I was told there would be some documents to sign.  I cannot say what these documents were, but assume they were some form of non-disclosure agreement. Also, although I never asked for or expected any form of compensation from the organization, shortly after I left they did give me a small sum of money and paid my health insurance for about 1.5 years.  I believe it was with the hope that after I had some rest, I would return to the ashram.  

Is there a team comprised of those close disciples who stage manages her events and her whole image? Would you put the blame more on this team, than the mata? 

I know in the west there is a public relations team that handles how Amma is presented to the media. I believe they established the term, “The Hugging Saint.”  In the early days, Amma was very much in charge of all major decision-making and there is a strong guru/disciple structure in place.  However, as the organization grew I am sure it became impossible for her to manage every aspect.  Like all such organizations I am sure there are many players in power now.   

Would you describe Amrithanandamayi math enterprise as something which was started with a good intention, but lost its way into corruption as the money came pouring in? Or would you dismiss the whole idea of a human saint as something which can only end up this way? 

I like to believe that this all started out with very good intentions. Amma does a lot of good work and inspires many to be charitable.  However, I also believe that along the way she fell prey to the usual trappings of money, politics, and power.

What is your take on the silence of the mainstream media, regarding this issue and also about the groundswell of support from the social media? The Kerala Police have now registered a case against those who made comments on the issue in the social media.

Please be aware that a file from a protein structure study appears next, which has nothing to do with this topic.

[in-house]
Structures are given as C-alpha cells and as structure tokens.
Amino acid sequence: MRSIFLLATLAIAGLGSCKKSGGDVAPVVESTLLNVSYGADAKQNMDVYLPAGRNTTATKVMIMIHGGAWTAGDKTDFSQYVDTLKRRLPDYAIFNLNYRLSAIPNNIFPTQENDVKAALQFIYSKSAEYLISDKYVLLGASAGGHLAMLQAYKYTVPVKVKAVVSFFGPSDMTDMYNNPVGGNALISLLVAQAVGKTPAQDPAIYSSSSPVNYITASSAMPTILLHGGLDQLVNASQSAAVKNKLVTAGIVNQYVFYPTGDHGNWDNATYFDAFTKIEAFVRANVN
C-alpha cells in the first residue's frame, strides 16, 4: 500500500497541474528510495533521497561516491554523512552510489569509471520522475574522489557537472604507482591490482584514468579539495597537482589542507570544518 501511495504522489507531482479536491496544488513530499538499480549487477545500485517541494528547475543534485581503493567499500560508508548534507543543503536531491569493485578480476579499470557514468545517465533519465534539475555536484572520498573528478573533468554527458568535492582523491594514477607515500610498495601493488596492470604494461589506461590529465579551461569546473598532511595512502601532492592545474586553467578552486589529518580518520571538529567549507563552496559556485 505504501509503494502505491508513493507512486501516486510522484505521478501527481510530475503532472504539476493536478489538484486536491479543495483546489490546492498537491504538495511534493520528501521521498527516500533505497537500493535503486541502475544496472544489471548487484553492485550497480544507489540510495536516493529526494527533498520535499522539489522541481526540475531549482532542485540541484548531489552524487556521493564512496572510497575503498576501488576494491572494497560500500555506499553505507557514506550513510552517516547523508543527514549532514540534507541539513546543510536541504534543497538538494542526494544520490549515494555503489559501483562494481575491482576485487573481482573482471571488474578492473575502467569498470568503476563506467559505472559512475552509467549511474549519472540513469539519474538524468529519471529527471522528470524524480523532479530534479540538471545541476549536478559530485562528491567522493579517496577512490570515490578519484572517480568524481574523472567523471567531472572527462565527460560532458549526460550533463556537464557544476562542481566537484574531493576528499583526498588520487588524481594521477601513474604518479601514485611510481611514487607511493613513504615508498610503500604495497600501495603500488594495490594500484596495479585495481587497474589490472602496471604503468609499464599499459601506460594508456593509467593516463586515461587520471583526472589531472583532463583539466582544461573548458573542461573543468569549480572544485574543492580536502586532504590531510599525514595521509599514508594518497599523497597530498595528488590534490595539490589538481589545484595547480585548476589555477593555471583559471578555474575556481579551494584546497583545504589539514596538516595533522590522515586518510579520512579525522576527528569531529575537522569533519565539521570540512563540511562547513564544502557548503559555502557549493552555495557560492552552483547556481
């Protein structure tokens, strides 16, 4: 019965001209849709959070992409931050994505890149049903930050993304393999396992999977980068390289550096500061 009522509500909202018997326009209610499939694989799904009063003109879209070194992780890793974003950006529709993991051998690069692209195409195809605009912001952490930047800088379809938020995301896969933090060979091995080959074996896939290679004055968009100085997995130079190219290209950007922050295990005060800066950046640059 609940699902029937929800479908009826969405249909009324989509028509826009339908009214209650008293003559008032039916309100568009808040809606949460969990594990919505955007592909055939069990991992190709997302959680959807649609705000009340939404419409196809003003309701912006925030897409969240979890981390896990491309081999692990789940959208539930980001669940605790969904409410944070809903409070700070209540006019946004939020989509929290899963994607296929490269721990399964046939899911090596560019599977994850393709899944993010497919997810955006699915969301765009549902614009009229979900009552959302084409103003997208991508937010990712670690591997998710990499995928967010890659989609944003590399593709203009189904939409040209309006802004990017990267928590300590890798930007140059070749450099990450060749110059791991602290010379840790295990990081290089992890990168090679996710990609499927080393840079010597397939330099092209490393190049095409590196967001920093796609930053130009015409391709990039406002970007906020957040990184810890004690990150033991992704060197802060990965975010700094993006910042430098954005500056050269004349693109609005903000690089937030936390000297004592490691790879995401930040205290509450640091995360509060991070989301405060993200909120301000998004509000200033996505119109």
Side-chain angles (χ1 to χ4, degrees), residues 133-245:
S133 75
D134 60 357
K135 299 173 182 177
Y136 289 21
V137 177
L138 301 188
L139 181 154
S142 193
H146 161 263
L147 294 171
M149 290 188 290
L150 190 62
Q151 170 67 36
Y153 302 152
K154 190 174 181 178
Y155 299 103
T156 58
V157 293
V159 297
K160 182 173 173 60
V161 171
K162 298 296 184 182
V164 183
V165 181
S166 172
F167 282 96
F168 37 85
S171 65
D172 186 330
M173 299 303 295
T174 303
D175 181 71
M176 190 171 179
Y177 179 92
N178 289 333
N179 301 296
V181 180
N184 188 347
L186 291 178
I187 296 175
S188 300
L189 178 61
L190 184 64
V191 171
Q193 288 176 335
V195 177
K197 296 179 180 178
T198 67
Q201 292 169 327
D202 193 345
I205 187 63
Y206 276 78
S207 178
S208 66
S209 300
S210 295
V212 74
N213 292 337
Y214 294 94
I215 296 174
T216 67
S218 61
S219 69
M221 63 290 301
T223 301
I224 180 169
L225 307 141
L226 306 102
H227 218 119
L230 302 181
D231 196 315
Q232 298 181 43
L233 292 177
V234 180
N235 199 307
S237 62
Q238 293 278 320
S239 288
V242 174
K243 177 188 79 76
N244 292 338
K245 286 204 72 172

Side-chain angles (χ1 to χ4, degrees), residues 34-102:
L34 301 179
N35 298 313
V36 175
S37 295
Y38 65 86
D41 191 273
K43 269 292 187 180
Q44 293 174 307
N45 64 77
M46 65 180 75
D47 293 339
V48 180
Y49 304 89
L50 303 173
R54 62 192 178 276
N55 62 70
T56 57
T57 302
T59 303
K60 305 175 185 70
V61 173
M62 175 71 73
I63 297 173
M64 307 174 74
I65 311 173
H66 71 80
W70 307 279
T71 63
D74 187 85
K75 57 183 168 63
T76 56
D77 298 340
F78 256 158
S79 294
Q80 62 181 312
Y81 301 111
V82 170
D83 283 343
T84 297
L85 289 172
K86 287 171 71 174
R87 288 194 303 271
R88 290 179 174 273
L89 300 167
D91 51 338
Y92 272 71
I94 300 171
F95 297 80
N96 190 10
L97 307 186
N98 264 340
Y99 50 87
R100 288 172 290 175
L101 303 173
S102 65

I feel media silence demonstrates the political and monetary influence of Mata Amritanadamayi and her organisation in Kerala and elsewhere. I am very disturbed by the use of police power to try silencing freedom of speech of the many voices that obviously agree that something is very wrong.  Such an action could not only intimidate freedom of speech but also incite violence and retaliation against district people who speak out.

What is the outcome you expected on releasing this book? 

Despite inevitable organization retribution, my hope was to educate the public by shedding light on what goes on inside MA Math.  That way, devotees both Indian and Western can make an informed decision before they hand over their mind, heart, lives and money. I was also hoping it would encourage more transparency from the organization. 

Why do you think the math has not yet filed a defamation suit against you? Has anyone from the math contacted you after the release of this book? Has there been threat calls?

I don’t know the math’s intentions about filing a defamation suit against me.  American lawyers tell me it is most unlikely that they would sue me because I have told the truth, without any malicious motives, and that therefore they don’t have a valid case against me.   I have no money for them to collect, so any math defamation suit would only be to financially intimidate me with costly legal proceedings.  But dragging this matter through the legal system would inevitably create more media attention and negative notoriety for them.

Since release of my book, I have not been directly contacted by the math.  But they have threatened me indirectly.  People who know me have been told I would be sued.  And they have made intimidating libel threats against an American press service that announced publication of my book, a Swiss magazine that interviewed me, a Swiss newspaper that reviewed my book, and a prominent French psychoanalyst/author who supported my book’s revelations about Amma’s private behaviors.

Without making direct threats, the math has incited many email hate messages against me with a campaign of character assassination against me. As expected, they have wrongly denied everything in the book and labeled me as dishonest, confused, angry, revengeful, and emotionally unstable via malicious on-line blog posts filled with false and defamatory claims about me.

How has your view on spirituality undergone a change in the 15 yearssince you have left the Amrithanandamayi math? Have you lost your belief in spirituality? 

Despite all that I went through during my stay in the ashram, I have not lost spiritual faith.  When I first left, I was not able to distinguish the difference between my own spirituality and my devotion to Amma.  After so many years of indoctrination, these two ideals had become one.  But after I left, slowly I was able to untangle my mind from many false beliefs and settle back into a new and improved spiritual life. A life free of superstition, blind belief, and surrender to another human being, instead of God.